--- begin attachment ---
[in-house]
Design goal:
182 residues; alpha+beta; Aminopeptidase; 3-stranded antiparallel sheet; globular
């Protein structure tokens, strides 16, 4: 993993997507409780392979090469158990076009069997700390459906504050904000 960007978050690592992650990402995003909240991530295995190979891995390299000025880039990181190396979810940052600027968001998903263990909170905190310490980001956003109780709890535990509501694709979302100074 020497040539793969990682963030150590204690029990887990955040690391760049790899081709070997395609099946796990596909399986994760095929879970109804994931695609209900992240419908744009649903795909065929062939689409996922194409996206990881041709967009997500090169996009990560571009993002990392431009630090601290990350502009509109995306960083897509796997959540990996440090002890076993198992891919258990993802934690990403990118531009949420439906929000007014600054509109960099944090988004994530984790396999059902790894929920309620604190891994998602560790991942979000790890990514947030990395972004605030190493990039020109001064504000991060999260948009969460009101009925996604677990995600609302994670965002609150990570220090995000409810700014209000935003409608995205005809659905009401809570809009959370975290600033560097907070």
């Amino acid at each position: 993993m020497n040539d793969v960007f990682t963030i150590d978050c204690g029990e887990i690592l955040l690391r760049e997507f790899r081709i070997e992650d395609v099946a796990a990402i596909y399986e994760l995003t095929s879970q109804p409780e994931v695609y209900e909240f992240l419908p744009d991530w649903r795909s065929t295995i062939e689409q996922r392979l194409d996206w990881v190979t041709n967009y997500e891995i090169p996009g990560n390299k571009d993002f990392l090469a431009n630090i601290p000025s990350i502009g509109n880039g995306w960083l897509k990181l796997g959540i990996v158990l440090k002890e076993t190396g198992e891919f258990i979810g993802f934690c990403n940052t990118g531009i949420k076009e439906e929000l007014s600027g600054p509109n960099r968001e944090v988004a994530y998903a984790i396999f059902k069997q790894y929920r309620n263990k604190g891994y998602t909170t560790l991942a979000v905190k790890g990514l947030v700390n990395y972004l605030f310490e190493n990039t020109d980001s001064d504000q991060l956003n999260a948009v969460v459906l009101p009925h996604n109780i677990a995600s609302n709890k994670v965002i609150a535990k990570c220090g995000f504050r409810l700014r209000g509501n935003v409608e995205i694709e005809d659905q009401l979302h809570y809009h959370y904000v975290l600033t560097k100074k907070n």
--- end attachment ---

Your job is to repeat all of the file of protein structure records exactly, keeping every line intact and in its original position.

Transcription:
[in-house]
Design goal:
182 residues; alpha+beta; Aminopeptidase; 3-stranded antiparallel sheet; globular
């Protein structure tokens, strides 16, 4: 993993997507409780392979090469158990076009069997700390459906504050904000 960007978050690592992650990402995003909240991530295995190979891995390299000025880039990181190396979810940052600027968001998903263990909170905190310490980001956003109780709890535990509501694709979302100074 020497040539793969990682963030150590204690029990887990955040690391760049790899081709070997395609099946796990596909399986994760095929879970109804994931695609209900992240419908744009649903795909065929062939689409996922194409996206990881041709967009997500090169996009990560571009993002990392431009630090601290990350502009509109995306960083897509796997959540990996440090002890076993198992891919258990993802934690990403990118531009949420439906929000007014600054509109960099944090988004994530984790396999059902790894929920309620604190891994998602560790991942979000790890990514947030990395972004605030190493990039020109001064504000991060999260948009969460009101009925996604677990995600609302994670965002609150990570220090995000409810700014209000935003409608995205005809659905009401809570809009959370975290600033560097907070």
């Amino acid at each position: 993993m020497n040539d793969v960007f990682t963030i150590d978050c204690g029990e887990i690592l955040l690391r760049e997507f790899r081709i070997e992650d395609v099946a796990a990402i596909y399986e994760l995003t095929s879970q109804p409780e994931v695609y209900e909240f992240l419908p744009d991530w649903r795909s065929t295995i062939e689409q996922r392979l194409d996206w990881v190979t041709n967009y997500e891995i090169p996009g990560n390299k571009d993002f990392l090469a431009n630090i601290p000025s990350i502009g509109n880039g995306w960083l897509k990181l796997g959540i990996v158990l440090k002890e076993t190396g198992e891919f258990i979810g993802f934690c990403n940052t990118g531009i949420k076009e439906e929000l007014s600027g600054p509109n960099r968001e944090v988004a994530y998903a984790i396999f059902k069997q790894y929920r309620n263990k604190g891994y998602t909170t560790l991942a979000v905190k790890g990514l947030v700390n990395y972004l605030f310490e190493n990039t020109d980001s001064d504000q991060l956003n999260a948009v969460v459906l009101p009925h996604n109780i677990a995600s609302n709890k994670v965002i609150a535990k990570c220090g995000f504050r409810l700014r209000g509501n935003v409608e995205i694709e005809d659905q009401l979302h809570y809009h959370y904000v975290l600033t560097k100074k907070n």